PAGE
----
who we have found buried near Stonehenge.
The increasingly ostentatious placement of tombs around Stonehenge
during the late Bronze Age, confirmed its status as the place
for the upper echelons to flaunt their power and influence.
The burial mounds built between about 2000-1700 BC
appear to be in position not only for wider communities to see
but perhaps more importantly for competitor groups to see
from other vantage points.
we might imagine a kind of political landscape here,
where the elites are jockeying for prime position.
Funeral events would have served as opportunities for expressing
the power of the dead individuals, but also the power
of the groups conducting the funerals.
But they were not just expressing their power within the community.
They were also celebrating their wealth,
because excavated from some of these high status tombs has come
a remarkable amount of gold.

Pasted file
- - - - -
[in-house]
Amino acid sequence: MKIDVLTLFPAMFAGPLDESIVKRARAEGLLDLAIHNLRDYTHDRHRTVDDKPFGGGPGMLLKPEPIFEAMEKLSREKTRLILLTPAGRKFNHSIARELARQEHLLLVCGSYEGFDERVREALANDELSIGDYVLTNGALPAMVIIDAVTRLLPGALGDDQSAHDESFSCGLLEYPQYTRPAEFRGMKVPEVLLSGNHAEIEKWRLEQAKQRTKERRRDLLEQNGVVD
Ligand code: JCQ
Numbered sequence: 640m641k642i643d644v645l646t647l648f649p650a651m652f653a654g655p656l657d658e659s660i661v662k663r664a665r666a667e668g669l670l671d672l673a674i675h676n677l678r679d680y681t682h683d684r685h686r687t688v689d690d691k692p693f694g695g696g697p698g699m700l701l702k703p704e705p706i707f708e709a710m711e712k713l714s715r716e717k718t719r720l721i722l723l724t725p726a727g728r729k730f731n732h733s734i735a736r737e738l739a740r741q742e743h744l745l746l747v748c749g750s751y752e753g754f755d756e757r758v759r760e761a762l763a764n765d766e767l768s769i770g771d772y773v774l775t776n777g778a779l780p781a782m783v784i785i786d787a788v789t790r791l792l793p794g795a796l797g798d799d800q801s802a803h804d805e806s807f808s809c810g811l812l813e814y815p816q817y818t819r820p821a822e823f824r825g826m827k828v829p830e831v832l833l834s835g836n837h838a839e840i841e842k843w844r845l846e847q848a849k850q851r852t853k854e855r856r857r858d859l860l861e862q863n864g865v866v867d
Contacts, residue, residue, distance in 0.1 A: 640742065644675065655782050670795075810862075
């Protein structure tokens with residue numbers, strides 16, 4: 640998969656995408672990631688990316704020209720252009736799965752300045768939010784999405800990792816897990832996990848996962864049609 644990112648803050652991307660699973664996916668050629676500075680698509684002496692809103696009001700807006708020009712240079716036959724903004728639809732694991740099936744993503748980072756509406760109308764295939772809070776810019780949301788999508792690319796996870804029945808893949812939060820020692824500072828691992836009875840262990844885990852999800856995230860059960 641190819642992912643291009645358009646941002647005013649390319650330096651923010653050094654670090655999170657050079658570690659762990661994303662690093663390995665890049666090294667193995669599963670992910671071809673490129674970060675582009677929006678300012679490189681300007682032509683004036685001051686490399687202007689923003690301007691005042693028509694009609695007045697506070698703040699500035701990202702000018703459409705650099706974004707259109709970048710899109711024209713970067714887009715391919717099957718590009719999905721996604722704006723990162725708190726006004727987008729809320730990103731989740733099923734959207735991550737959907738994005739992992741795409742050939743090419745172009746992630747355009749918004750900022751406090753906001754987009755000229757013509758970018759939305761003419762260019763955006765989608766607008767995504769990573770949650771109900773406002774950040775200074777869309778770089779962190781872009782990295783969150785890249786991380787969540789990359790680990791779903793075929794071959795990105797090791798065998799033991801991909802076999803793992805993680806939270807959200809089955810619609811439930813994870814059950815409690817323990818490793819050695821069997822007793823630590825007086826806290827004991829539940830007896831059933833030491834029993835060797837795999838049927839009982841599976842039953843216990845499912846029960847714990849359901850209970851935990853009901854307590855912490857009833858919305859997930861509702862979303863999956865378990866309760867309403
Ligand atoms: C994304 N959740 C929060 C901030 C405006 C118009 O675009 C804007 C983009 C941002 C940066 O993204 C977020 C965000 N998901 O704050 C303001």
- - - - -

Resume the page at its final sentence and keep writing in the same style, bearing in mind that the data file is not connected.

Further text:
This absolutely exquisite artefact
was discovered in the Bush Barrow in 1808.
The Bush Barrow is about half a mile away from Stonehenge
and on a direct alignment with the most sacred area of the monument.
It's been dated to around 1950 BC.
The piece itself is known as a lozenge. It's almost pure gold.
And across the whole of it there are geometrical designs
of parallel lines and diagonal zigzags.
And it's perfectly executed.
The level of workmanship and the amount of gold in this lozenge
indicate that this person was incredibly high status.
Perhaps a chief, perhaps a senior priest.
And they think it would've sat in the centre of the man's chest.
Perhaps holding together a garment
or perhaps hung as a pendant of some description.
But the most impressive item found in the Bush Barrow grave
is actually in this tiny little dish.
These are some of the estimated 140,000 tiny gold studs
that were placed into the handle of a bronze dagger
that was found in this Bush Barrow grave.
At ultra-high levels of magnification,
some of the intricately worked studs can still be seen embedded
in fragments of wood from the handle.
Artist Willard Wigan is uniquely qualified to understand
what it took to achieve gold working on this microscopic scale.
Wigan is the world's pre-eminent nano-sculptor,
a niche market where smaller is better.
I'm actually producing something
that's smaller than a full stop in a newspaper.
Wigan's completed works sit framed in the eye of a needle,